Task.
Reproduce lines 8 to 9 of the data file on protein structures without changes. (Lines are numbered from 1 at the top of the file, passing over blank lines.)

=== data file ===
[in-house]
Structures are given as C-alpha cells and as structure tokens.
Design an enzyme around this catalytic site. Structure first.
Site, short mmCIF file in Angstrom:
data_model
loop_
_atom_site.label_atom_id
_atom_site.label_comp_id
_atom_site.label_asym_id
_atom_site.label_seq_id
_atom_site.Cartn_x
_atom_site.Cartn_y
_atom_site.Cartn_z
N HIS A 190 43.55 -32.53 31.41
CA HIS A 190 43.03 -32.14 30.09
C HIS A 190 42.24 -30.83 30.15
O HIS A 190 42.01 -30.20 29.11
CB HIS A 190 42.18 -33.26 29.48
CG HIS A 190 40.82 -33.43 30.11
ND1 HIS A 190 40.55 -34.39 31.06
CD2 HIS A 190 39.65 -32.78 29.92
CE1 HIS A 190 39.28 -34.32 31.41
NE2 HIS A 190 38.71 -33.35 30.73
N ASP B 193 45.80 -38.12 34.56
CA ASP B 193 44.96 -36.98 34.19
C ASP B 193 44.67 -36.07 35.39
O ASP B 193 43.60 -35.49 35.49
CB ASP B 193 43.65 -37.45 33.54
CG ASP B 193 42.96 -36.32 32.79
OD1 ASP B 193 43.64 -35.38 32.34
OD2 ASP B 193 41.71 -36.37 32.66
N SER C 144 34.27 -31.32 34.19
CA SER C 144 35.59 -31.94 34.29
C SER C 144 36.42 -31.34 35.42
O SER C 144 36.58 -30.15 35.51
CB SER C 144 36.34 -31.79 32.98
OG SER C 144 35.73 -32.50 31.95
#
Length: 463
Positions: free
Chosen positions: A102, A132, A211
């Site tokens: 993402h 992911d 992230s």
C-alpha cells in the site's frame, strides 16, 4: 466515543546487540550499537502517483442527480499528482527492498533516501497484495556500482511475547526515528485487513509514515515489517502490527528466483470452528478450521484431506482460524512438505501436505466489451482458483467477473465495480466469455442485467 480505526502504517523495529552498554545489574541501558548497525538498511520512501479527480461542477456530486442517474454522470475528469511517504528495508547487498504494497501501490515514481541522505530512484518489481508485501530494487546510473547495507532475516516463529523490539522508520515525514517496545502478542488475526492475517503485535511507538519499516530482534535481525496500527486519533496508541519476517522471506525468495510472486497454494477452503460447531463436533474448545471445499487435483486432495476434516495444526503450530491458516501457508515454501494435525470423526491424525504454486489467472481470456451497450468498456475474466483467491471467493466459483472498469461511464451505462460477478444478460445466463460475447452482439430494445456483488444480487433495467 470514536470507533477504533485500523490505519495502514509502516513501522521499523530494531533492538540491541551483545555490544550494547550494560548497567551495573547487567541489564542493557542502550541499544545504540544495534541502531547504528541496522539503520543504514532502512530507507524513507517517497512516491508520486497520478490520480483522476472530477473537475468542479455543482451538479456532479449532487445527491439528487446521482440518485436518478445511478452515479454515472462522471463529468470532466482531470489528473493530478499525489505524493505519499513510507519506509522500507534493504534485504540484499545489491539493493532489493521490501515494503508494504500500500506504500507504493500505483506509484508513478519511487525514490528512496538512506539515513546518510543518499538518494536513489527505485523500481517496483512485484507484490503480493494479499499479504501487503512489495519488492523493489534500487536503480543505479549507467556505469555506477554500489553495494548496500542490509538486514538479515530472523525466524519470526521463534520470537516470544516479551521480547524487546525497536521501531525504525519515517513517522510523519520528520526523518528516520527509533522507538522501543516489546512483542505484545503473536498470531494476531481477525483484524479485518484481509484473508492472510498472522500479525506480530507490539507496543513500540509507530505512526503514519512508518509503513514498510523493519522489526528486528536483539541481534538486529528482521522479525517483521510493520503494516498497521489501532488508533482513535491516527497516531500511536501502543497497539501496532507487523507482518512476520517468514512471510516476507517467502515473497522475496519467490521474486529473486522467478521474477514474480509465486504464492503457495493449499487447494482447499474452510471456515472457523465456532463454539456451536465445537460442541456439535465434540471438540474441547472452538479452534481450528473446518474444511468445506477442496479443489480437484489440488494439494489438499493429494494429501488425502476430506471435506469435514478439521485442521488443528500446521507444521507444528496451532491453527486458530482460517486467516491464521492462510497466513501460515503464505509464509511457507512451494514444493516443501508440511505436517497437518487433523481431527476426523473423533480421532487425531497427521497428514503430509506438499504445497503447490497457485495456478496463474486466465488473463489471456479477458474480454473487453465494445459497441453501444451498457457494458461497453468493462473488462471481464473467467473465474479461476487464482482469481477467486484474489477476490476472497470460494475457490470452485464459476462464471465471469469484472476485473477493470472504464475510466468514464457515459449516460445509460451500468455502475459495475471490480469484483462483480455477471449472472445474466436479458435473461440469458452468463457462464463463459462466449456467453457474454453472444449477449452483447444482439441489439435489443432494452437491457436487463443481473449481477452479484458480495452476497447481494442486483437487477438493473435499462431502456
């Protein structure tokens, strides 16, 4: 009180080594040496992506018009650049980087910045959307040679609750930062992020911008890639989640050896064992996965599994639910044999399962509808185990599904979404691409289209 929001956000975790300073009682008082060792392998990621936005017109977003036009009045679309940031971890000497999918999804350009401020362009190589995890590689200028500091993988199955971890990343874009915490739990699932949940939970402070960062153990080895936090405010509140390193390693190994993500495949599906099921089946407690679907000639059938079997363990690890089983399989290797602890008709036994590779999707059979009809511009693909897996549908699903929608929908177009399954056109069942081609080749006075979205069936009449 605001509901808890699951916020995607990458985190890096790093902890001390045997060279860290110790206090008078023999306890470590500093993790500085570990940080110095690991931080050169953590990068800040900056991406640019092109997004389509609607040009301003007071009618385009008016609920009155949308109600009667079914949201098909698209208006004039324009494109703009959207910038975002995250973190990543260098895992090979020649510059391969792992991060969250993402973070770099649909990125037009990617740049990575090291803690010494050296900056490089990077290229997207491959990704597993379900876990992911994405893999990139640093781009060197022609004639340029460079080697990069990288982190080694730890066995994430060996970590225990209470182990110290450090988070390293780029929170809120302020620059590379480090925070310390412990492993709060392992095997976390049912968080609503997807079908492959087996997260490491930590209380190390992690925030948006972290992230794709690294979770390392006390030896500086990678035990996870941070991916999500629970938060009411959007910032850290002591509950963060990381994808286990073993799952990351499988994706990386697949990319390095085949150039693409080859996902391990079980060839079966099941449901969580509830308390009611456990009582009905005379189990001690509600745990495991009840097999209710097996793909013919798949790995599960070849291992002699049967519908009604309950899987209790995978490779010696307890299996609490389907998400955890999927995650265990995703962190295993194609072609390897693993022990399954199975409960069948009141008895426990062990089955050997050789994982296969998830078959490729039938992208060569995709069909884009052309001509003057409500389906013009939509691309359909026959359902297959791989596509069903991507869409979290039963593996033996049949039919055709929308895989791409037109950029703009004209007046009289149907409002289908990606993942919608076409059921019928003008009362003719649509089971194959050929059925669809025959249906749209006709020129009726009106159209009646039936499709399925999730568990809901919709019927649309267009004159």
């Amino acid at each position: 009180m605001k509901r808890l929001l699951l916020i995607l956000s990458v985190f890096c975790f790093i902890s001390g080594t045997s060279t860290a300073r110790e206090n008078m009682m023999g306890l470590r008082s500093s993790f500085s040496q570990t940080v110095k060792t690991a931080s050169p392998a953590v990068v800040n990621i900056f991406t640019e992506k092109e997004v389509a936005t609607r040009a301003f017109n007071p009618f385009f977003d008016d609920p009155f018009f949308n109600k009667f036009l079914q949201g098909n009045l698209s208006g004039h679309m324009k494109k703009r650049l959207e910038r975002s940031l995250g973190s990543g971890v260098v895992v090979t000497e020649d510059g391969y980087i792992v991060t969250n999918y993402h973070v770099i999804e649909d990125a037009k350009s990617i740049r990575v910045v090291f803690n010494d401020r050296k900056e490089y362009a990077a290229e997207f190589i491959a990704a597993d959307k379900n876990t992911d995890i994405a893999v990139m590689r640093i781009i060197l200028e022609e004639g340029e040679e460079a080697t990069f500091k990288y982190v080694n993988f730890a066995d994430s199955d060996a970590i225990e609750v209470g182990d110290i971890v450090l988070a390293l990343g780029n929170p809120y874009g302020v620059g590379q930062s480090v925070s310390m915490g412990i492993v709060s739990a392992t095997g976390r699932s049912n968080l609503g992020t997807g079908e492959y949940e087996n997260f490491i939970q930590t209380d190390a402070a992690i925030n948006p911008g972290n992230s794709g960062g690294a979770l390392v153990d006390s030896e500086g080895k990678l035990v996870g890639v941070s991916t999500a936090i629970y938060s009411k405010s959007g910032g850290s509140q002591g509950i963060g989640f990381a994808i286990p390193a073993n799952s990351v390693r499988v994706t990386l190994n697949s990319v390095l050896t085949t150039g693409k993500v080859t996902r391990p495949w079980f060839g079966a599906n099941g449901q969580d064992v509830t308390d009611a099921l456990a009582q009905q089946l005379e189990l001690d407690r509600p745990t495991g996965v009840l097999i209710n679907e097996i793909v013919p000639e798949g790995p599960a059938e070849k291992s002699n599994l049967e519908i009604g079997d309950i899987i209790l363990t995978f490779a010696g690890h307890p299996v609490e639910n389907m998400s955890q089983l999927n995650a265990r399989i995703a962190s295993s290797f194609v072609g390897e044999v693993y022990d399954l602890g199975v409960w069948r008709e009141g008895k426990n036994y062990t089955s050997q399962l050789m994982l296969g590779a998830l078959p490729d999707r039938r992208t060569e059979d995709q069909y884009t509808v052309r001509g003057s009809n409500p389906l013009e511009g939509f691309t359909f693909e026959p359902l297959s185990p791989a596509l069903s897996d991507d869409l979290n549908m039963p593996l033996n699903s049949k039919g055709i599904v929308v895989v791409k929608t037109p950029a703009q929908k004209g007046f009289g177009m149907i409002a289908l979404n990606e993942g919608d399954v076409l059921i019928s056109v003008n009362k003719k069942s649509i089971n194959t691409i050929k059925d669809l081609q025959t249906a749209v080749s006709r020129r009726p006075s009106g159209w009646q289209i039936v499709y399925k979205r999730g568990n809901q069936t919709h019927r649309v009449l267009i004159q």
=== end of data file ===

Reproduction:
_atom_site.label_comp_id
_atom_site.label_asym_id